Where to visit in Taiwan


Baoan Temple Taipei Taiwan by topimages Shutterstock
In artistic terms, the 200-year-old Baoan Temple in Taipei is without doubt one of Taiwan’s finest places of worship © topimages, Shutterstock 

Your first impressions of Taiwan may be of overcrowded urban areas and a bewildering lack of English once you leave the airport but with a little nudging the door to the treasure house opens. Taiwan not only has a tremendous range of attractions – cultural, scenic and ecological – but also great depth in every category. Two weeks isn’t nearly enough to do justice to its mountains, museums, minorities, temples or birds.

A personal top 6: nature and the outdoors

East Taiwan

Hualien to Taitung by Highway 11 is many cyclists’ favourite but the inland route brings you closer to the region’s indigenous population.

Little Liuqiu Island

The coral chunk, Little Liuqiu Island, is near enough to Kaohsiung to make an excellent day trip, yet far enough from ‘mainland’ Taiwan to have a completely different vibe.

New Central Cross-Island Highway

The high-altitude road that connects Sun Moon Lake with Yushan National Park and Alishan more than justifies renting a car or hiring a driver.

Penghu County

Straight, empty roads link sandy beaches, crumbling coral houses and superb windsurfing spots are what make up Penghu County.

Snow Mountain

Taiwan’s number two peak in terms of height is a world-class three-day hike offering stunning vistas.

Taroko Gorge

You’ll understand why Taroko Gorge is called a ‘must-see’ as soon as you reach Swallow Grotto or the Tunnel of Nine Turns.

A personal top 6: culture and man-made attractions

Temple culture

The fervour and colour of Taiwan’s tang-ki and zhentou are unforgettable.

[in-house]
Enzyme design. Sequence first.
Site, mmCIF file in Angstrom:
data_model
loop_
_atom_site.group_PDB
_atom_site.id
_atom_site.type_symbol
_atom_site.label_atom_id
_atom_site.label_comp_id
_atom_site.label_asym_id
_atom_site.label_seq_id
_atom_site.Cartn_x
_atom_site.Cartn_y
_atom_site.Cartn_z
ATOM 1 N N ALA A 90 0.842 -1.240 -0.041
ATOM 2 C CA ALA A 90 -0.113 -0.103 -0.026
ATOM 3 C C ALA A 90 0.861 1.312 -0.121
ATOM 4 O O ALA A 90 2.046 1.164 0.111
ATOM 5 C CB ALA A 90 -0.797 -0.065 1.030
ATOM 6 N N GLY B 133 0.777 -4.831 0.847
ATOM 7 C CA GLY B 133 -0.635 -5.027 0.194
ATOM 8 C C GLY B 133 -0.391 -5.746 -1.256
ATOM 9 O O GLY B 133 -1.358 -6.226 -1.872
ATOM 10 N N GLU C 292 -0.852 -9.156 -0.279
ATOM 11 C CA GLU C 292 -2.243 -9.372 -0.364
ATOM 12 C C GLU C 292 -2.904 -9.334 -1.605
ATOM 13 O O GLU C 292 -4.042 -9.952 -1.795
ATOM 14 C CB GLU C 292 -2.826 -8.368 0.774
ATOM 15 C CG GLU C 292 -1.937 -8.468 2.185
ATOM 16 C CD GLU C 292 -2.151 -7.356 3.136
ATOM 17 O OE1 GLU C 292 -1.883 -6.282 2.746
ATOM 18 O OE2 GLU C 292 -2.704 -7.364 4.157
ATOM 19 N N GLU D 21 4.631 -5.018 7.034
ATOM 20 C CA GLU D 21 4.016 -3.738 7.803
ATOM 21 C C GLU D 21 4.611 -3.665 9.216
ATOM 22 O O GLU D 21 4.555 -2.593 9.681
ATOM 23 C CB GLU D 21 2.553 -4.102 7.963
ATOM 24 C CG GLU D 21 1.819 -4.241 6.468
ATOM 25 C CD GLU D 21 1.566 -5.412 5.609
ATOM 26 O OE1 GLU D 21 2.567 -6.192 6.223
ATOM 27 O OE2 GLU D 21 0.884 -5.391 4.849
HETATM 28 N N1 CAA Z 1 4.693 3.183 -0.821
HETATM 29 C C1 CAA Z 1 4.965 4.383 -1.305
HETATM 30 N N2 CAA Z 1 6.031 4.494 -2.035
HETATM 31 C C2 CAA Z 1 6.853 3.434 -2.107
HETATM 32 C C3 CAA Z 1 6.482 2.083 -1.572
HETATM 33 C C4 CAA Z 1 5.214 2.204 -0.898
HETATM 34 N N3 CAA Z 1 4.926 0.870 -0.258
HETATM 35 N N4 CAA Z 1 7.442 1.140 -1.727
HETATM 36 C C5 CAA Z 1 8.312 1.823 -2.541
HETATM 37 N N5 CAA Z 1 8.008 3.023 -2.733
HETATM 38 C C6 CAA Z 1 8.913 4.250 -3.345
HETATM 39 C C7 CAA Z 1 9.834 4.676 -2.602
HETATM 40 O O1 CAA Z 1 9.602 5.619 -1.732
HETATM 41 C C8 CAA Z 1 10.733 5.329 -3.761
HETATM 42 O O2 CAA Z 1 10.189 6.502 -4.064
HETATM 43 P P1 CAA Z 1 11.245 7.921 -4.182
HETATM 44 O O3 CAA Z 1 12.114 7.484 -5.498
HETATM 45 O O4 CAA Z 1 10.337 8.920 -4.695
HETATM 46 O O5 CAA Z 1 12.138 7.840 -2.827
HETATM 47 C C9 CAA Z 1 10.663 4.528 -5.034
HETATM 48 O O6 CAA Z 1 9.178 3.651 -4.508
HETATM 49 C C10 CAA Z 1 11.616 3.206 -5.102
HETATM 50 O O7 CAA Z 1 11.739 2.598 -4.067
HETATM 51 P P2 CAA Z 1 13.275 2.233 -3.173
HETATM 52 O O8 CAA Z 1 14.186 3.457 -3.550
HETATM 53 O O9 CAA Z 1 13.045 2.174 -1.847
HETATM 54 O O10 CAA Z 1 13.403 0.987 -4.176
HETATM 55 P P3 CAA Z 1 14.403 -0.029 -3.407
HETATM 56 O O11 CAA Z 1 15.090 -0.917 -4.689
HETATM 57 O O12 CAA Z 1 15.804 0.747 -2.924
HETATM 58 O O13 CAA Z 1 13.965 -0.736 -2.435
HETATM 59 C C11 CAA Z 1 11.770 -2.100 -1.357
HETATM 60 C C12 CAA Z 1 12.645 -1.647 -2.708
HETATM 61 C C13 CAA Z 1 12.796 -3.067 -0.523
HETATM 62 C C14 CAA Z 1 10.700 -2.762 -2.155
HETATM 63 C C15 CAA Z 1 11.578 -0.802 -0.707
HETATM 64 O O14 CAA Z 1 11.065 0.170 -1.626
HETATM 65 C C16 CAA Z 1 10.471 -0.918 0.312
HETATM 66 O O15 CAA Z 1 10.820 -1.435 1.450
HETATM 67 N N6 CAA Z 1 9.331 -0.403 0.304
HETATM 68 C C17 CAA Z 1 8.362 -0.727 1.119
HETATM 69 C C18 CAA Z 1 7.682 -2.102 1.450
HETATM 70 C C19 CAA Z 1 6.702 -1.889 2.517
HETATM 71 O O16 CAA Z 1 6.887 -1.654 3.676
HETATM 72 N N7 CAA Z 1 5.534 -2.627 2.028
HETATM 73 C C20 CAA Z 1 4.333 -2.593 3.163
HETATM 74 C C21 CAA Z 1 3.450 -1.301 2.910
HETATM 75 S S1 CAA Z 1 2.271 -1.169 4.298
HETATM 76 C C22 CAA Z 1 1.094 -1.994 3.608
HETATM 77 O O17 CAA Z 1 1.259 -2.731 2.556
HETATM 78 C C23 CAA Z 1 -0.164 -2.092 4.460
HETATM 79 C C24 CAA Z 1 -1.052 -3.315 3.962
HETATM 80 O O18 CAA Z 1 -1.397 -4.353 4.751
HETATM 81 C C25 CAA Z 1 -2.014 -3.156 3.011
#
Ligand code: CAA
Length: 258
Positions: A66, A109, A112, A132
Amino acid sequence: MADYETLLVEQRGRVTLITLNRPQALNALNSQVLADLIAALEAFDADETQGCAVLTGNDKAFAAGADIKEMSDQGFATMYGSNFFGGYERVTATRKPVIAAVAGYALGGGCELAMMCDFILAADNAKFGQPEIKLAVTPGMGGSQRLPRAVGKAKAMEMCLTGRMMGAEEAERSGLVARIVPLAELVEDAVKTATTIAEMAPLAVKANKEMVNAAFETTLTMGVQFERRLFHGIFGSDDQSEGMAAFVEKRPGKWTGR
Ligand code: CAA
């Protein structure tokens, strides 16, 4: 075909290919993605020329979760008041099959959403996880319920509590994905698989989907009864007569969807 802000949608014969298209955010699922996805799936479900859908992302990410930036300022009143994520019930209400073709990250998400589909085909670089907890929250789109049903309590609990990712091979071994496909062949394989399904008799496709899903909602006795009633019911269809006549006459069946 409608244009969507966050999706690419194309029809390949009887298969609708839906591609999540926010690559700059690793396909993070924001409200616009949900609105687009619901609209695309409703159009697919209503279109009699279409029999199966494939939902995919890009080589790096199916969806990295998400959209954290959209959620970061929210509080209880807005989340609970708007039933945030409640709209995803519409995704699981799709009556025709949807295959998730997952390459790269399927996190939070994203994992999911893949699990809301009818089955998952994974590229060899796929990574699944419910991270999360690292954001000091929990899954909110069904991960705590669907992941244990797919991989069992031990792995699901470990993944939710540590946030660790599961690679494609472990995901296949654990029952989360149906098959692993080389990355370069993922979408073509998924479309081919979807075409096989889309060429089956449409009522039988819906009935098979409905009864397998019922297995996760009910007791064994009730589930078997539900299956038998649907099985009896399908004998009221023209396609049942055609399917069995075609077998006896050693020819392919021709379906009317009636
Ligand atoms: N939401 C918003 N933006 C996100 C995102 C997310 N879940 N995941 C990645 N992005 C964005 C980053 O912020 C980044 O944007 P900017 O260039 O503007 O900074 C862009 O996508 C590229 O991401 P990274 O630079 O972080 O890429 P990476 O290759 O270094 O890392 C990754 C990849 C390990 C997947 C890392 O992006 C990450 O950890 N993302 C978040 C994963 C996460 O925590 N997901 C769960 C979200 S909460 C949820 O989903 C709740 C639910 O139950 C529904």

Kinmen County

Staggeringly quaint villages scarred by Cold War battles.


Get lost in the backstreets of Lukang; Taiwan’s living museum.

National Museum of Taiwan History

Whether you know nothing about Taiwan’s past or have immersed yourself in the subject, you’ll find this museum very satisfying.

National Palace Museum

The cream of the artistic output of one of the world’s oldest and most accomplished civilisations.

Tainan’s Martial Rites Temple

The most exquisite shrine in a city famous for temples. Tainan is a place of supreme tranquillity and refinement.

Suggested itineraries

Kaohsiung Taiwan by sean pavone Shutterstock
The city of Kaohsiung is an excellent starting point for a weekend filled with adventure © sean pavone, Shutterstock

Spend weekdays exploring the countryside, the mountains and little towns like Lukang and Tamsui; spend weekends and national holidays in the major cities. Many scenic spots are all but deserted in the middle of the week; room rates are lower and there are some discounts on admission charges. Note that many museums close on Mondays.

A long weekend

As many Asia-based Western expatriates are discovering, a long weekend in Taiwan is very feasible. Fly to Taipei for culture or Kaohsiung for outdoors adventure. The capital has more than enough shops, restaurants and museums to keep you out of mischief, and for glimpses of tradition you needn’t go beyond the city limits. Baoan and Longshan temples are among Taiwan’s most interesting shrines. Dihua Street, where business is still done the way it was a hundred years ago, nicely counterpoints the city’s department stores and boutiques. Central Kaohsiung has its attractions but if time’s limited, speed away from the city, either towards the hills, or down to the beaches and beautiful hinterland of Kenting National Park.

One week

Try to hit at least two but not more than three of the following: Taipei, Tainan, Taroko Gorge and somewhere in the high mountains. If you restrict yourself to the northwest, you’ll probably be able to take in the woodcarving centre of Sanyi and possibly an indigenous village. Those staying in the south should get their own transport, and drive or ride towards Taitung. The return leg to Kaohsiung can be via Kenting National Park.

Two weeks

Ease yourself in with a full three days in and near your city of arrival, then rent a car or a motorcycle for a week so you can traverse the Central Mountain Range by whichever road takes your fancy. When you reach the east coast stop at a hot springs if the weather’s cool, or a mountain creek if it isn’t. Spend up to three days in Taroko Gorge. To find solitude or something close to it, arrive on Green Island or Orchid Island on a weekday. Consider hiking into the eastern part of Yushan National Park before heading back to western Taiwan by any mountain road you haven’t already seen. If you’ve no intention of braving the roads, get to grips with the bus schedule or find a tour operator who can transport you to and around the hills. Do this because if you leave having seen only the places served by trains, you won’t have seen the best of Taiwan.